The Woolloongabba Gardenhouse (say that five times fast) is concrete testimony that architecture can be quite small and still contain big ideas. It was designed by Australian firm REFRESH* for a client in Brisbane who was interested in doing a project that promotes urban density and infill. The 80 sq.m. Woolloongabba Garden house is a result of making the most of an incredibly compact space, and makes tiny living seem accessible for even the most skeptical square footage junkies.
The idea for the Gardenhouse is to design a series of interconnecting interior, exterior, and what the designer calls ‘hybrid’ spaces – or areas where the lines between in and out become ambiguous and blurred. Through this basic framework, the architect worked with the natural slope of the existing site and cultivate and experience that is wrapped in ornate materiality and unmatched personality.
The flexibility of function and form is what give these hybrid spaces life. For example, a louvered set of sliding glass doors lead from the kitchen/dining area out to a flat, manicured landscape area. When these doors are open, the space acts as one semi-protected room that is light, airy, and expands the small footprint of the Gardenhouse beyond its walls.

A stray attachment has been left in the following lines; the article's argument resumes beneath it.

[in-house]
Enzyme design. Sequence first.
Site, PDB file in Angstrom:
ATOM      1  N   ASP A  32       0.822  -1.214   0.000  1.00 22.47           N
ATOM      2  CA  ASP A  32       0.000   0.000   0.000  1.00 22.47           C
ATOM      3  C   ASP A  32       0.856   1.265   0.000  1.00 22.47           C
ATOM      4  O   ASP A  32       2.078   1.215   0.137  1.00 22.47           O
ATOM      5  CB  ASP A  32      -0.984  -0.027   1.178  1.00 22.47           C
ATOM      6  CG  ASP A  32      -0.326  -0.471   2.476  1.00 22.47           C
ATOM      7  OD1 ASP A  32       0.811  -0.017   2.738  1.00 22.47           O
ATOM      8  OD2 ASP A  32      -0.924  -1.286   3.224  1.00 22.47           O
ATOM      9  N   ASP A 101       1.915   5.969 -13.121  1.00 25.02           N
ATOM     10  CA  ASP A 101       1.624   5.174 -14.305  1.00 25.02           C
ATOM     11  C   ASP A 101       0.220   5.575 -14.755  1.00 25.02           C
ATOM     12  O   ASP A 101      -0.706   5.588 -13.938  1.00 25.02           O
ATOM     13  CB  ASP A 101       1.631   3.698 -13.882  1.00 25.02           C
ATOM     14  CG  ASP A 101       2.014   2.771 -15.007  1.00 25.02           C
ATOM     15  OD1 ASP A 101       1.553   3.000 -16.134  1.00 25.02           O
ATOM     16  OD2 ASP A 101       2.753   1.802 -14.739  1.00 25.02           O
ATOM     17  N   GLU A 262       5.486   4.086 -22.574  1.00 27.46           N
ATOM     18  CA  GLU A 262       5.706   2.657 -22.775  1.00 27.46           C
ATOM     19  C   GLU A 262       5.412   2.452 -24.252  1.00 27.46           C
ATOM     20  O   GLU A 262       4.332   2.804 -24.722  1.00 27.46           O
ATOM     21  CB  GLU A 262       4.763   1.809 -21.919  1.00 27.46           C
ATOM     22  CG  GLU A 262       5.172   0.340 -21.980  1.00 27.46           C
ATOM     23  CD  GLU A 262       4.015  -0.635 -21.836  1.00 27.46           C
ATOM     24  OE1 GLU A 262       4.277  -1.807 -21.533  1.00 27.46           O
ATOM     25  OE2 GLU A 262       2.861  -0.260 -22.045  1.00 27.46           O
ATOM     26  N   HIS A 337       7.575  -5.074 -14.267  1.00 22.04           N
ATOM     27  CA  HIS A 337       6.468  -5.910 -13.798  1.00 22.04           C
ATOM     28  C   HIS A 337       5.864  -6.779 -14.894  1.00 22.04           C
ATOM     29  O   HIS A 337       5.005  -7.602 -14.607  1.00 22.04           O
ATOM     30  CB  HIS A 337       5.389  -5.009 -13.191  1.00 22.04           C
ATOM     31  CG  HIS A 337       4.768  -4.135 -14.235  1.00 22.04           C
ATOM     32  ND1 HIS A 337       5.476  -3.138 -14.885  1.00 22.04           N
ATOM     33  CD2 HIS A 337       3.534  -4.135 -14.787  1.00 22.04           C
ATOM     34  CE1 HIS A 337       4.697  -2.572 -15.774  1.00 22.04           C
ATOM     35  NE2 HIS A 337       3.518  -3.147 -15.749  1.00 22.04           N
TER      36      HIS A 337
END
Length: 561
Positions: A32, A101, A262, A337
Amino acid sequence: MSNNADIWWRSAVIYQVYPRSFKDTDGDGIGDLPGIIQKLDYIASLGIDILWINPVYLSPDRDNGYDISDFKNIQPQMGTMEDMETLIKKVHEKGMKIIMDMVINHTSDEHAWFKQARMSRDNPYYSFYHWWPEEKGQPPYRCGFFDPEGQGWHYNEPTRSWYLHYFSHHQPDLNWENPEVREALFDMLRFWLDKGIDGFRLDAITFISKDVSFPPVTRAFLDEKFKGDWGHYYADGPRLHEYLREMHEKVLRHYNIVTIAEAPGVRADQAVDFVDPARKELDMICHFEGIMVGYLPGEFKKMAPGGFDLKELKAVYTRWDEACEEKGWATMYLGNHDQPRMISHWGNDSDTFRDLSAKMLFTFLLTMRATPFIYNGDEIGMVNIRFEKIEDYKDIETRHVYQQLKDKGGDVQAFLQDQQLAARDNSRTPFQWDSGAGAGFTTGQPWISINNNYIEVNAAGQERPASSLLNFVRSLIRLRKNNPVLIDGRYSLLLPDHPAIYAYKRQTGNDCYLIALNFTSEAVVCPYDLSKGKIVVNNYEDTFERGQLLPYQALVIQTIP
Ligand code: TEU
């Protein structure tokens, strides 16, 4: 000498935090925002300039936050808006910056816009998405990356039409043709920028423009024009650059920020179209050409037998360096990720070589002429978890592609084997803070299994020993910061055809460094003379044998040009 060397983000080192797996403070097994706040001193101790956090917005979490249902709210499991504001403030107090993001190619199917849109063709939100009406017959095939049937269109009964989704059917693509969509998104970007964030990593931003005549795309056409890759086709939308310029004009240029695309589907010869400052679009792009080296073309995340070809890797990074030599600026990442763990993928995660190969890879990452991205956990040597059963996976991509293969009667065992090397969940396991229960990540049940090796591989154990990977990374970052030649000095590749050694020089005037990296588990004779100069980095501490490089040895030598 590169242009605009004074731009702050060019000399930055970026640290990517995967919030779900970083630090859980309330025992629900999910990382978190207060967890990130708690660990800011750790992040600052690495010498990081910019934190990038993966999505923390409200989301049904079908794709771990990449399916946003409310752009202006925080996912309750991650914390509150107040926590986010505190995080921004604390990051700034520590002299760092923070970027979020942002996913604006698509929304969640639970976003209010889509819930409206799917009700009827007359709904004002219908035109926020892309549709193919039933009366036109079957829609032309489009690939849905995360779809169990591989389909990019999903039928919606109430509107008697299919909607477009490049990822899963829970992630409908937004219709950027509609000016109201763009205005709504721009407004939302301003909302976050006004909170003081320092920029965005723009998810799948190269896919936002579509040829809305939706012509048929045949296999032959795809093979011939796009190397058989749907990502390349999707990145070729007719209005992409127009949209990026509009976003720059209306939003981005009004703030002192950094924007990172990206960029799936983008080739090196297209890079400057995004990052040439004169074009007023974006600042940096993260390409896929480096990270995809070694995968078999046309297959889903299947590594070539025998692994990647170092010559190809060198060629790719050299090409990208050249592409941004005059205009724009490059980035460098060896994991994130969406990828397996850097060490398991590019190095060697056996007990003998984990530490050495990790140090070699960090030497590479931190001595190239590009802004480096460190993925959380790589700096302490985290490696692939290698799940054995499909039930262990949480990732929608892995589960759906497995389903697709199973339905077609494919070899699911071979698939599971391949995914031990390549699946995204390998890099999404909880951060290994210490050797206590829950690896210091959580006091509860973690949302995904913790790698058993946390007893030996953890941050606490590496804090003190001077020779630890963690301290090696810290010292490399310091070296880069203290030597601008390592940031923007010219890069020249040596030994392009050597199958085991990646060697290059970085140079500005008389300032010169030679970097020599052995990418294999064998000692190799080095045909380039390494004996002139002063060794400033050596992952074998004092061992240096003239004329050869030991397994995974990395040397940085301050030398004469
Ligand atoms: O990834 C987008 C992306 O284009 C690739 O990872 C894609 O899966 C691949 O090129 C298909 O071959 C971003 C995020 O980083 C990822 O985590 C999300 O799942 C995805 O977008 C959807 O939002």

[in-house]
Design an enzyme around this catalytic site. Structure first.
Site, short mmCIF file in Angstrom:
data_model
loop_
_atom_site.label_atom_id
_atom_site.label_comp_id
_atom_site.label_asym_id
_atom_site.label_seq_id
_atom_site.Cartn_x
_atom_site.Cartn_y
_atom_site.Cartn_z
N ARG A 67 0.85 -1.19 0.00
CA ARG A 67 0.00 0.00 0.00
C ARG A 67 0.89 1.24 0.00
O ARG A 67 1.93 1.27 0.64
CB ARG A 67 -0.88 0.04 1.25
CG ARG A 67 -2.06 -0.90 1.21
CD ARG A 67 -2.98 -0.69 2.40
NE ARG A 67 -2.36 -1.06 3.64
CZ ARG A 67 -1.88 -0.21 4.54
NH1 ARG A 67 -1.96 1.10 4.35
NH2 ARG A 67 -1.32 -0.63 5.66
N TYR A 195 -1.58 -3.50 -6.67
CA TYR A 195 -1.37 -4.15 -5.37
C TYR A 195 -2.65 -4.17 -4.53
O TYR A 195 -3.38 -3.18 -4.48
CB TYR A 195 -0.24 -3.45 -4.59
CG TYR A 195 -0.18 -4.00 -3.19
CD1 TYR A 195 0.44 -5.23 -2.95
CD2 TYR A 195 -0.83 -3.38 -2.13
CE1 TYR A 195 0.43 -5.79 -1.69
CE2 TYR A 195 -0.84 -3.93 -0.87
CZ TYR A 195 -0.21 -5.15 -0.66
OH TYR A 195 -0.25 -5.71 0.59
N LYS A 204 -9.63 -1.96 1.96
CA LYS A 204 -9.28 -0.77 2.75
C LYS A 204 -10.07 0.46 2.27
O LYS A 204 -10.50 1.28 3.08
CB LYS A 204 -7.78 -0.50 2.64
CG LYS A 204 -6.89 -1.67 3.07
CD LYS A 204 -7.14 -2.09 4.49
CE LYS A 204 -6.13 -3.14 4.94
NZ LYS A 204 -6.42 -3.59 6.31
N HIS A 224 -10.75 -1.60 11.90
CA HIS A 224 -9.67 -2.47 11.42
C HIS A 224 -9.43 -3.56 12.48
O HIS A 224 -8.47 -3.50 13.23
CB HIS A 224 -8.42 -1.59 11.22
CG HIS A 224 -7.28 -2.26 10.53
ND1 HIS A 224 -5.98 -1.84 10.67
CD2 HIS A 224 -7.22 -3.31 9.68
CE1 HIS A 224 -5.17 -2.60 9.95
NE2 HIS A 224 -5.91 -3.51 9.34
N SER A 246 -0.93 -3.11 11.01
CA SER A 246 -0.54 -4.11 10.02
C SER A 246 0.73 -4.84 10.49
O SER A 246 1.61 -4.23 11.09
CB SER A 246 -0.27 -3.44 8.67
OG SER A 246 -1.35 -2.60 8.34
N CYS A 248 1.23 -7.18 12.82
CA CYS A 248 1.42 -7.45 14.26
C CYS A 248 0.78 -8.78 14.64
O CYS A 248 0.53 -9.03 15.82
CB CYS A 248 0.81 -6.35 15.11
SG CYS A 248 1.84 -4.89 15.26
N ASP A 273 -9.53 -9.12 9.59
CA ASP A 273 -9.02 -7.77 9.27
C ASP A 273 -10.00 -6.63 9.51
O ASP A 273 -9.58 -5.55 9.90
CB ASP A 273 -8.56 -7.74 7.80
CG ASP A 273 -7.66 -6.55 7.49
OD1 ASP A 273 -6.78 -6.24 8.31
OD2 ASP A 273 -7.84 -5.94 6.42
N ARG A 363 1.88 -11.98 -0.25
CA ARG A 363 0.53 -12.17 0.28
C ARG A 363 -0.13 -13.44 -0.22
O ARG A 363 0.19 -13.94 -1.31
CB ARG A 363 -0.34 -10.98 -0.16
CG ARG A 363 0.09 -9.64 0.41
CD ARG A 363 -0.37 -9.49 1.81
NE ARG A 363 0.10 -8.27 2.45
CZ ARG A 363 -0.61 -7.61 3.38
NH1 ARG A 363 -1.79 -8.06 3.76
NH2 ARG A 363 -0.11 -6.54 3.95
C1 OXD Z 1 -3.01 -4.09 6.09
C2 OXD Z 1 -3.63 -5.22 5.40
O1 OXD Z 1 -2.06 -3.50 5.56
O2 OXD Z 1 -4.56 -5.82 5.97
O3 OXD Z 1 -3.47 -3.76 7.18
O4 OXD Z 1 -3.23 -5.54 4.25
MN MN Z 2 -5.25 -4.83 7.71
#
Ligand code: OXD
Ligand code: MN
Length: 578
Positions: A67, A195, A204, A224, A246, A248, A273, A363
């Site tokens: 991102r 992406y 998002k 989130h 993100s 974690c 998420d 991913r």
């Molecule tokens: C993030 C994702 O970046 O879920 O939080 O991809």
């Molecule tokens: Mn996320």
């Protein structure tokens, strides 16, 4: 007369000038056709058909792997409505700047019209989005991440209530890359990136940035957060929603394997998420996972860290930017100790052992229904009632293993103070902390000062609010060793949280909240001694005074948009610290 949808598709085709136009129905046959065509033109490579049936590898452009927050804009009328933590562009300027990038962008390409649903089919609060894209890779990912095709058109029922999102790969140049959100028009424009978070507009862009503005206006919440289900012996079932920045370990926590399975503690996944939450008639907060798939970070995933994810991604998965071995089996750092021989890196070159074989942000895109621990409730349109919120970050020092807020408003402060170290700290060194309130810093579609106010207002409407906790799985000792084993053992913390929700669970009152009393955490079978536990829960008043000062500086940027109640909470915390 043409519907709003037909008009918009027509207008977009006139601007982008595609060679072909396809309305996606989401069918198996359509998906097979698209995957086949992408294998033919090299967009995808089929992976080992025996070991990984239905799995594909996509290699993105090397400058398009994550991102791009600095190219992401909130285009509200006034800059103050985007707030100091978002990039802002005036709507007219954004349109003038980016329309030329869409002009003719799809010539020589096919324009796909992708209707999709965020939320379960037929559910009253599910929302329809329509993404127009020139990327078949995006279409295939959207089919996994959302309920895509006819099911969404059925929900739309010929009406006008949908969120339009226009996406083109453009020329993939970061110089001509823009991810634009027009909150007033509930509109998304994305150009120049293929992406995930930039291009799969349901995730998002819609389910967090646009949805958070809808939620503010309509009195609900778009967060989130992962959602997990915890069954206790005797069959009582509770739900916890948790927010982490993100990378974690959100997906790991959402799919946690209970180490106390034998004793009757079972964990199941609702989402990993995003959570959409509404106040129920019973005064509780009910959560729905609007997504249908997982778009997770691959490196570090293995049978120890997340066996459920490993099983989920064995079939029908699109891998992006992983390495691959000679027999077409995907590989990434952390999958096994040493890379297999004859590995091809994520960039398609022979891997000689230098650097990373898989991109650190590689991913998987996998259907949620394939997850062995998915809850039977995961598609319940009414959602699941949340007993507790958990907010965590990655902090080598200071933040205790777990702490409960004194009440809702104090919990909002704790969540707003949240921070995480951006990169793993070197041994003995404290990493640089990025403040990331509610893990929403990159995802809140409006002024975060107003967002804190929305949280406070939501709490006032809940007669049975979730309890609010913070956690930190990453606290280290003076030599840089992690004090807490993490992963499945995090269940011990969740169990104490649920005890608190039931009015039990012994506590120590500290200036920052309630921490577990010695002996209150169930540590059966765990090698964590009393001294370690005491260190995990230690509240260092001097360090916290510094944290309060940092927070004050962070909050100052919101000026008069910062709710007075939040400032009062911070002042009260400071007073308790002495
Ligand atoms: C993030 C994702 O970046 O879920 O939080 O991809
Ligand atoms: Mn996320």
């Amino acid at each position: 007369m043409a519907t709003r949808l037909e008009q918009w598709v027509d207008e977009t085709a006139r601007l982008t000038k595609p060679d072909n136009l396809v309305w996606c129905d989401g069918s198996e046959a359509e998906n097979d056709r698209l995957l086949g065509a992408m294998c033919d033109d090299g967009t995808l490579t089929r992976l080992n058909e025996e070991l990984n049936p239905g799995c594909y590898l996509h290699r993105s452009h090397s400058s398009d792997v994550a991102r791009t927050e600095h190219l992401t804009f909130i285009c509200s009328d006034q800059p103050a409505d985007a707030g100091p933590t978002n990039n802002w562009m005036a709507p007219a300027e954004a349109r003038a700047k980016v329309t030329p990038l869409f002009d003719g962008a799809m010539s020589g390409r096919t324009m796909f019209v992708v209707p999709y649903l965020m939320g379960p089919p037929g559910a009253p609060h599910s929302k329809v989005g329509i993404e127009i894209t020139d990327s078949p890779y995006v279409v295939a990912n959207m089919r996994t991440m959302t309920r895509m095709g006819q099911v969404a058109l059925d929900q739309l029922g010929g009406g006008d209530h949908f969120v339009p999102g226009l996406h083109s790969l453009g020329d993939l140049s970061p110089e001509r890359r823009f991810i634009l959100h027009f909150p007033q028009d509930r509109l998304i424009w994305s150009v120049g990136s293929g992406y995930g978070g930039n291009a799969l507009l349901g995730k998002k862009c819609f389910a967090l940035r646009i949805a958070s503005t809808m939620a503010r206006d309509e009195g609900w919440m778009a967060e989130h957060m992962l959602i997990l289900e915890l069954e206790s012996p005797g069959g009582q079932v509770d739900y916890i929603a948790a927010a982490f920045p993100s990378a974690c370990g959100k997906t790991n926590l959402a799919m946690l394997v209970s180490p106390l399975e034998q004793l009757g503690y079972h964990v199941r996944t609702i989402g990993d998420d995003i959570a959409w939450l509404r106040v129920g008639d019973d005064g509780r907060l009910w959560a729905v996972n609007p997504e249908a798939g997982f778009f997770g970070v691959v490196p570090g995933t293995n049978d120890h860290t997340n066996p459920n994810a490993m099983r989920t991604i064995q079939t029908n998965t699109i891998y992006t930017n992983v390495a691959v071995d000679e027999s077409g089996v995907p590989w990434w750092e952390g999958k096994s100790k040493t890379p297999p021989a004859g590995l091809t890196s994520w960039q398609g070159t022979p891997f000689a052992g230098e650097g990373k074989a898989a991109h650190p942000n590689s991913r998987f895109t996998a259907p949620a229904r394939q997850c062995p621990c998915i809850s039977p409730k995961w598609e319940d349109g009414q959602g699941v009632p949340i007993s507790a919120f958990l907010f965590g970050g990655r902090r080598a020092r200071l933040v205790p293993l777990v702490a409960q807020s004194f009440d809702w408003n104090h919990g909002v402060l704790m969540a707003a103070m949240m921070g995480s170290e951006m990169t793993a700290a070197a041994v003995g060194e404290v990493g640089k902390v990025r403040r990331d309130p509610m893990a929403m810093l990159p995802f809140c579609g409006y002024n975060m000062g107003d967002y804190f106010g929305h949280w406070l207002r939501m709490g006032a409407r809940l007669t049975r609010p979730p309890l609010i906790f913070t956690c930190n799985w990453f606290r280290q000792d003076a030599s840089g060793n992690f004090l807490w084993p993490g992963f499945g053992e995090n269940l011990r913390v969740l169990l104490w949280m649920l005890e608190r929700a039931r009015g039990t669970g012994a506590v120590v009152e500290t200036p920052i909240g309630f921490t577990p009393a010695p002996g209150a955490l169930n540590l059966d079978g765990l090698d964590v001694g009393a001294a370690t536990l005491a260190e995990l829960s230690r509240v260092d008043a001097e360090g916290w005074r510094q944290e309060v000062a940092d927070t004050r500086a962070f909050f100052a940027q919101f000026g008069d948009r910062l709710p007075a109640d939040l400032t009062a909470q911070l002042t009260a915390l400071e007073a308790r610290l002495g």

The material selections reinforce the whimsical organization the program presents. An L-shaped awning wraps around one of the openings and is made of a tessellated pattern representative of a piece of ephemeral lace. The tiled backsplash in the kitchen mimics the same repetition in the form of triangles of varying color and orientation. These flourishes are set against solid sections of wood, plaster, and blackened steel, resulting in a collection of interconnecting juxtapositions that help tie together interior, exterior, and everything in-between.
The Woolloongabba Gardenhouse is indeed an exercise in infill and density, but it is also a gentle assault on the senses in the best sense of the expression. There is always something to feed the imagination, and let visitors explore its modest footprint in search of something surprising. It is messy, modern, and altogether confounding – a design worthy of its bombastic name and intense materiality.
Photography: Roger D’Souza